After 36 hours of traveling (three planes and lots of layovers) we have arrived at Uluru. The tiny Ayers Rock airport was the last vestige of air conditioning before stepping out into the 98 degree heat. The stillness of the landscape is juxtaposed with a palpable vitality and living history, and our first stop from the airport was Anangu homelands of Uncle Bob Randall and his family.
Driving along the red track Uncle Bob was telling us the hopes and dreams for his family's land. "The marker starts here, and then goes for as far as your eye can see."
We then arrive at the spot where I learned how to cook a kangaroo tail three years ago, and now they've added to toilets and a little shelter for Grandmother Barbara to use when she comes out to teach. Johnny, Uncle Bob's son, has been clearing insidious non-native grass and the place looks amazing. This is the spot where hopefully more groups will have the chance to experience the Anangu stories and ways of living on country. It's not as easy out here and the politics are sometimes a confusing morass, but the family is building a place for Indigenous teaching that is truly inspiring, and Brian and I are so honoured to help!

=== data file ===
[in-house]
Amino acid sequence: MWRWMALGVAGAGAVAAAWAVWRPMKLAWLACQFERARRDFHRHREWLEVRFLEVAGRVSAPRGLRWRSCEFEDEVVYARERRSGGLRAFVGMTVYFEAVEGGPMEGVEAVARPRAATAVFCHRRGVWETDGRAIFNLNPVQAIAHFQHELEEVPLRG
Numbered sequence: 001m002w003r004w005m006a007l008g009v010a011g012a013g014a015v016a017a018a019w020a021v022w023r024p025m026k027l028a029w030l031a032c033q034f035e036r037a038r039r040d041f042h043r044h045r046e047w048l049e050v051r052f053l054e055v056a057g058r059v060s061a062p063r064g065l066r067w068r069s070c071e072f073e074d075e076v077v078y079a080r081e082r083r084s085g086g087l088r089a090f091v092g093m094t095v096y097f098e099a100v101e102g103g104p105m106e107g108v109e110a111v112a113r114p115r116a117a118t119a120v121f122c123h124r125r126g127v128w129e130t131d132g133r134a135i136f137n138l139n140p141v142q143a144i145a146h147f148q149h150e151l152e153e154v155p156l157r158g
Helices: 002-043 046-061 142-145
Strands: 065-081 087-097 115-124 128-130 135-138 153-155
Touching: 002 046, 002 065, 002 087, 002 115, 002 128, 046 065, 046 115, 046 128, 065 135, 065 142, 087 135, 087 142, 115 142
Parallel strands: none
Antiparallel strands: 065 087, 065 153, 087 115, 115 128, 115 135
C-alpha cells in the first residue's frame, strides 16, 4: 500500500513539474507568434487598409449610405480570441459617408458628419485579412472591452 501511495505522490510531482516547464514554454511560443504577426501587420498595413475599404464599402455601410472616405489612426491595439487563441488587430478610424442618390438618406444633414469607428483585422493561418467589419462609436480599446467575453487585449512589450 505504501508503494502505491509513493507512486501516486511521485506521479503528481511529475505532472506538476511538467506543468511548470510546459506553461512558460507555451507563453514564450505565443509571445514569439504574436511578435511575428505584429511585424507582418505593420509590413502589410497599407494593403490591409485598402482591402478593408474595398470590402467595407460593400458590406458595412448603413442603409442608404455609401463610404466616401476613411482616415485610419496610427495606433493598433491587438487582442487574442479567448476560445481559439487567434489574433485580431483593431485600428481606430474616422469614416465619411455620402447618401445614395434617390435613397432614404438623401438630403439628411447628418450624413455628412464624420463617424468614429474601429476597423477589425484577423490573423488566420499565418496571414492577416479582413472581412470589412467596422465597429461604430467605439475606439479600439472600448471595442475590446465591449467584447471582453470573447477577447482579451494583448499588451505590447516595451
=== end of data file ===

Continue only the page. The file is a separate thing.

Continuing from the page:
On the way out to the homelands Barbara said, "there it is, stop!"
and we all piled out into the crazy heat to see certain branches of
the Mulga tree glistening with sticky droplets of sap. The looked
like diamonds in the sun and Uncle Bob said, "go ahead,
break one off, this is how we used to do it."
|Outback candy store!|
This morning we woke up to birds as our alarm clock and the sun kissing the side of Uluru into a bright and deep orange/red and the deep silence of the land is incredibly grounding. We will get to the work and the stories and the documenting soon enough, but for today, it is incredible just to Be.